Sunday, October 28, 2007


My writers' group is putting on a Halloween event next week along with friends from a similar group in Dalkeith.

I'm the opening act with my audition piece for being accepted as a fully fledged grumpy old woman.

I've posted it here . Hopefully it will give some of you a laugh.

Something else struck me today. Why are Tescos charging 47p for washed and bagged ordinary carrots, 67p for washed and bagged organic carrots and 97p for unwashed carrots in a brown paper bag?????????????

Sometimes economics defeats me ;)

Friday, October 26, 2007

Weekend trip

A few shots of my weekend. One shows Barbara in the long border we cut back and then planted with tulips. The flowers went up to the castle for the floral displays.

Thursday, October 25, 2007

Feels like forever

So much has happened.

I had a good time at the weekend. B and I had a good laugh and we worked hard. Prepared plants for sale on Friday and then created Spring interest in a big, long border by planting hundreds of tulips in a timeline of their discovery/development - wee species ones first, then lily type ones, etc etc.

The weather was gorgeous and I'll post a picture or two when I get time.

But I got a speeding ticket on the way home. My first ever, so that's not too bad given I've been driving for 25 years or more.

My MIL was here when I got back. I find the situation with her very sad. She's very afraid of where the dementia is going. I tried to tell her that I've found worrying about what might happen only buggers up hpw we are today, and as today is about the best that any of us can hope to feel that's a bit of a waste, but this type of understanding can only be arrived at under your own steam. She sits and smiles enigmatically for hours - says she sees men and dogs in the the flames of the fire.

"Feel up" went OK, I have scar tissue building up under my arm, which accounts for the discomfort I get there according to the doc. Mammo was scary as they repeated the films, but reassured me, after I challenged them, that the woman before me had implants and they'd forgotten to reset the machine so my film was all blown.

I'll catch up with everyone soon. Thanks for your good wishes.

I wrote this today when I got home, it explains things a little better I hope.


I’m early - I’d be early for my own execution.
Killing time I choose three secondhand
poetry books to rehome from Shelter’s shelves,
then wander off to wait my turn.
In the corridor I’m forced to step back
to allow a trolley to pass and my eyes smart
as a bald, foetal ball of a woman gets eaten by the lift.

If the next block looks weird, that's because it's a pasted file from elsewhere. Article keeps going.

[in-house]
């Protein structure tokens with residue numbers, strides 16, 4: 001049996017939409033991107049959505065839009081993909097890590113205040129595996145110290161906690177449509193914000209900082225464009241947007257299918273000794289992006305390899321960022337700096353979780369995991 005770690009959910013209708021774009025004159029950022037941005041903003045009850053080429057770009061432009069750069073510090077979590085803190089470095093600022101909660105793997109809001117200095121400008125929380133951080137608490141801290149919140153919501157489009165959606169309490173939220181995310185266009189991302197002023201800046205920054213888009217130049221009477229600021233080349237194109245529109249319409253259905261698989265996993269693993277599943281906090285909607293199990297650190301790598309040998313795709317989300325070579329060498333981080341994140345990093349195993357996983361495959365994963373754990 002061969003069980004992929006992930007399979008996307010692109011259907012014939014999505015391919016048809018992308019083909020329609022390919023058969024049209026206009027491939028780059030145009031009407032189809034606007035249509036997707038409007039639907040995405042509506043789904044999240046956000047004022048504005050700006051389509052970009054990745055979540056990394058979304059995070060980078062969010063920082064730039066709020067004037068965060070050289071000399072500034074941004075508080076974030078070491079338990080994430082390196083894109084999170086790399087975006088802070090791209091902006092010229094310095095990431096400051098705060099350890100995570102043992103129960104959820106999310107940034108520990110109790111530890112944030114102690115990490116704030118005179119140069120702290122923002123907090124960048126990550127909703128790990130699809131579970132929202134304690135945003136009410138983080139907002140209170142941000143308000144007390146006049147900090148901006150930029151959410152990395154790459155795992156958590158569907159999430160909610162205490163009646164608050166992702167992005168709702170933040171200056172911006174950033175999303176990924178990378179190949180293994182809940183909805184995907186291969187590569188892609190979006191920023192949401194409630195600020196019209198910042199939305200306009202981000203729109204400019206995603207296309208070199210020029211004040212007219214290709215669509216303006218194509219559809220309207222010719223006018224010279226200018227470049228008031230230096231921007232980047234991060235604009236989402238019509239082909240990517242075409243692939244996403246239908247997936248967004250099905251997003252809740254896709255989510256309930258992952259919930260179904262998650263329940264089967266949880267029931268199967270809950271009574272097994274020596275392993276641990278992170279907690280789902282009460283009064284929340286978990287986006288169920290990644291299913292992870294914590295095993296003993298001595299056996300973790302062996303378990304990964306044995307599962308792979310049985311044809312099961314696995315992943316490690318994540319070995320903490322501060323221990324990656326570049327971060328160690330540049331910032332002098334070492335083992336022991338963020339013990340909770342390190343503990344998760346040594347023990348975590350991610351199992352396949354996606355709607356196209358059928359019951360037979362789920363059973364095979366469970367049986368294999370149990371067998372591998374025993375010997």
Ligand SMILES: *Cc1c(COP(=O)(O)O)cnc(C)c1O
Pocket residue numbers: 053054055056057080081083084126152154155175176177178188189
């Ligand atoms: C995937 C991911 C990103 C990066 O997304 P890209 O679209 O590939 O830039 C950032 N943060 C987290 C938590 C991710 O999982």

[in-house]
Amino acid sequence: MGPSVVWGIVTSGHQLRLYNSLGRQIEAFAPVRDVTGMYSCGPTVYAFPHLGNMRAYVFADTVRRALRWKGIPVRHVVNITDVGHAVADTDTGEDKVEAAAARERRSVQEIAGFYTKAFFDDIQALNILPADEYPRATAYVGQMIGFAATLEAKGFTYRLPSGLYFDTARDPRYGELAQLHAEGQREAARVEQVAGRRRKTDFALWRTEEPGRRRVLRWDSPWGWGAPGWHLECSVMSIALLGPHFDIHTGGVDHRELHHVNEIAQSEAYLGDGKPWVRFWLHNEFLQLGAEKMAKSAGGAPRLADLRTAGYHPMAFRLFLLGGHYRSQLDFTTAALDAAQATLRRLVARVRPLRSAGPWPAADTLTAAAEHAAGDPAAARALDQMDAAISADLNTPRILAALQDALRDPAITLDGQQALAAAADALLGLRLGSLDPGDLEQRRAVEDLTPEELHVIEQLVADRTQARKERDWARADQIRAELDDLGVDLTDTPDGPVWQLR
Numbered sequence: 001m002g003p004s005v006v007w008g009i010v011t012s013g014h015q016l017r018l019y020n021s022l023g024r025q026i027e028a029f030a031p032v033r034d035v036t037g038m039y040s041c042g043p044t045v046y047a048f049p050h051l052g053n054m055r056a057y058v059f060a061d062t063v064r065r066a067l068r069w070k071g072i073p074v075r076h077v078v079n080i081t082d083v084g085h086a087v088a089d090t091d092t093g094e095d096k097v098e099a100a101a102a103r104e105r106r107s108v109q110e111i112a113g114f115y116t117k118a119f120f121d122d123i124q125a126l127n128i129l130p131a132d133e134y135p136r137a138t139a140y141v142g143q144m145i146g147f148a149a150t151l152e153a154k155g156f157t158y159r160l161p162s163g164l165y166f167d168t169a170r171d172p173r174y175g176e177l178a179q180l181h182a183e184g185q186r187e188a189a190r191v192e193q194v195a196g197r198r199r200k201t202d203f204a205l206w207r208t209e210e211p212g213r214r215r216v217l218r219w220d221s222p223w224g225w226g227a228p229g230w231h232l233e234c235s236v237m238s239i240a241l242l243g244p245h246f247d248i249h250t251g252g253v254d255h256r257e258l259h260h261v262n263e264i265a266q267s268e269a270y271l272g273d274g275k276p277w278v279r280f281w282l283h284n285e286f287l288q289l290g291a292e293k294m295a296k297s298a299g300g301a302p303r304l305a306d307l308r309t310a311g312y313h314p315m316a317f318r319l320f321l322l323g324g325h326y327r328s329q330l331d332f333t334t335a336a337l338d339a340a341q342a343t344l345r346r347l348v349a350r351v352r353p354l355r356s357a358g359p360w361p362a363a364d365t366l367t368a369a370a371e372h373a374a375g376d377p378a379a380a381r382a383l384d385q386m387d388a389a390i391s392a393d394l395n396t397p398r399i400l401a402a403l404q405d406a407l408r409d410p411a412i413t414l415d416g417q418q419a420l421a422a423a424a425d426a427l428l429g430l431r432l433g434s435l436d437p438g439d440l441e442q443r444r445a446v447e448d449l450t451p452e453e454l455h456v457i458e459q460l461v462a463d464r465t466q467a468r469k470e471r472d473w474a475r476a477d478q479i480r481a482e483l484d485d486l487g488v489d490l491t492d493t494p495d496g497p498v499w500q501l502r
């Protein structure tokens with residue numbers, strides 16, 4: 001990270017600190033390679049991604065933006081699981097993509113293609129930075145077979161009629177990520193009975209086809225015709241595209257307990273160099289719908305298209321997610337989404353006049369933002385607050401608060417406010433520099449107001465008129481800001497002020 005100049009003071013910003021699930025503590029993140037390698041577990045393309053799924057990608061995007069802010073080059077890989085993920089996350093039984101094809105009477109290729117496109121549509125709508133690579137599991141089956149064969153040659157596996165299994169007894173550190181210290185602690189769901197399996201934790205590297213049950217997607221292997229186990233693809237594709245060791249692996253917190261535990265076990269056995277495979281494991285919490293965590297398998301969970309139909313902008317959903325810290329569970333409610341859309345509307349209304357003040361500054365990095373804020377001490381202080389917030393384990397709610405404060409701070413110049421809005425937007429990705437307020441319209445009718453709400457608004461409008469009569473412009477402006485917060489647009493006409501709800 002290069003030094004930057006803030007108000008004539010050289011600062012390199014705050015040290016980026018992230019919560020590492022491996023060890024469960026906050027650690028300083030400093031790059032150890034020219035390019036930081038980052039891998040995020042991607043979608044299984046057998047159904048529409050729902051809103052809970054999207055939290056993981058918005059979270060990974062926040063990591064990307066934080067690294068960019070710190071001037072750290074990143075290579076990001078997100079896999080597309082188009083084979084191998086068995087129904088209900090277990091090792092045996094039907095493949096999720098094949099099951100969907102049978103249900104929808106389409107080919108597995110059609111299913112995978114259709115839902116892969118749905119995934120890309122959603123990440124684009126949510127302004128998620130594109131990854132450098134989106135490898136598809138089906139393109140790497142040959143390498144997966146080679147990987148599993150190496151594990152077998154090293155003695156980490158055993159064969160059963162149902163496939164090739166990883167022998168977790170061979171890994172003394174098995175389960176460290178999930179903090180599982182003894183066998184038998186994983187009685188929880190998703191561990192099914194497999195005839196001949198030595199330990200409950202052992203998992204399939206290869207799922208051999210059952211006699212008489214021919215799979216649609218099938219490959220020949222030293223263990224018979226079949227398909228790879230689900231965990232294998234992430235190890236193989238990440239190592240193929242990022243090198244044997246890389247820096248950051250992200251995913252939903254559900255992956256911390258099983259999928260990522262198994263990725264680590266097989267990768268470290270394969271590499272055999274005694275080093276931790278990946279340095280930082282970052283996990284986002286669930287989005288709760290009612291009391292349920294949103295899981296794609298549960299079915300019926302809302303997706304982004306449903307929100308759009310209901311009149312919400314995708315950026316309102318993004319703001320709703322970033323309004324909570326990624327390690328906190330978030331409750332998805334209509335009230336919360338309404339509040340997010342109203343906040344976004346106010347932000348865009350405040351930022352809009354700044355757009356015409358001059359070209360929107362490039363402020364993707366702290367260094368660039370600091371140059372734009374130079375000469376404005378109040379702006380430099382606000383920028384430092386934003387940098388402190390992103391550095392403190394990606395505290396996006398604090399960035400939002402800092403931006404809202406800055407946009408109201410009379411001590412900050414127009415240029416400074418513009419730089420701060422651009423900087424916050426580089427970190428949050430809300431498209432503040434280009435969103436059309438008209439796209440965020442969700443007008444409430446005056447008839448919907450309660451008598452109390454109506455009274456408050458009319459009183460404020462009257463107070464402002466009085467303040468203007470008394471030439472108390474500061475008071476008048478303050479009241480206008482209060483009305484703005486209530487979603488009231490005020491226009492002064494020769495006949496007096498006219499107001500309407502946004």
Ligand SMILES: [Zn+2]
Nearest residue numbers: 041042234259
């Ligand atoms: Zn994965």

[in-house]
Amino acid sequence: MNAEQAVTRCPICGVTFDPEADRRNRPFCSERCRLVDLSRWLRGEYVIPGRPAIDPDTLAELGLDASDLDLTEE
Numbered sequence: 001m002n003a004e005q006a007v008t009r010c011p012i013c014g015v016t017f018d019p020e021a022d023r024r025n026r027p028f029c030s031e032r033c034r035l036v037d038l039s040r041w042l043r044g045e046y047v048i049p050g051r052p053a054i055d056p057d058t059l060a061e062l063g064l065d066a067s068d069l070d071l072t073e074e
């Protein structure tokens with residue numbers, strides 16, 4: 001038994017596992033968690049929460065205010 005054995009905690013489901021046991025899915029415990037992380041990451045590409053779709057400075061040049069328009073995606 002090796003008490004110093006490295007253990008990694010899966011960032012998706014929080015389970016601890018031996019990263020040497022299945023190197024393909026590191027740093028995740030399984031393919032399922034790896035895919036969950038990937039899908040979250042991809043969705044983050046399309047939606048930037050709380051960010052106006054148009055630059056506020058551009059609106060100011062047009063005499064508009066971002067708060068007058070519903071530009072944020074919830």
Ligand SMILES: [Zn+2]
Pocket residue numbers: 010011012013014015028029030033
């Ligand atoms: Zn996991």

Surrendering my appointment card I take a seat
in a familiar room full of silent women.
Eyes look past eyes until I remember the books.
I’m laughing at Wendy Cope when my name’s called.

The rest was just routine.

Wednesday, October 17, 2007


I'm away up north for a few days now to help out the castle garden's bare rooted plant sale. I'm deserting hearth and home - well husband and dog really.

When I come back my MIL will be here for a few days, then it's the dreaded check up at the hospital, or the "feel -up" as I call it, so I doubt I'll get much time to blog for a week or so.

So see you in a bit.

Tuesday, October 16, 2007

Smooth or Hairy

I heard an interesting discussion about body hair removal based on research done by a Dutch academic.

She reckons we are removing more and more body hair because we are developing a deep-seated desire to remain as child-like as possible, or maybe even a yen to be smooth and machine like.

She also said that older women remove less hair, some only bothering to do it in the summer months, when legs etc are on display.

So I thought I do a wee straw poll on the subject.

Monday, October 15, 2007


This is a photograph I took last year of a beautiful Japanese Acer.

I worked in the garden yesterday and I'm feeling it today. So much to tidy up, globe thistles that have gone over, twisted hazel sprouting all kinds of straight "reverted" stems, astrantia that needed cutting before it self-seeds everywhere,and pots of tender things to go back into the greenhouse. Plus I did a little digging, I've taken out masses of day lilies that were over-running part of the long south=facing border. Only trouble with this was I had sciatica all night, as I forgot to use my left foot on the fork, instead of my dodgy right one.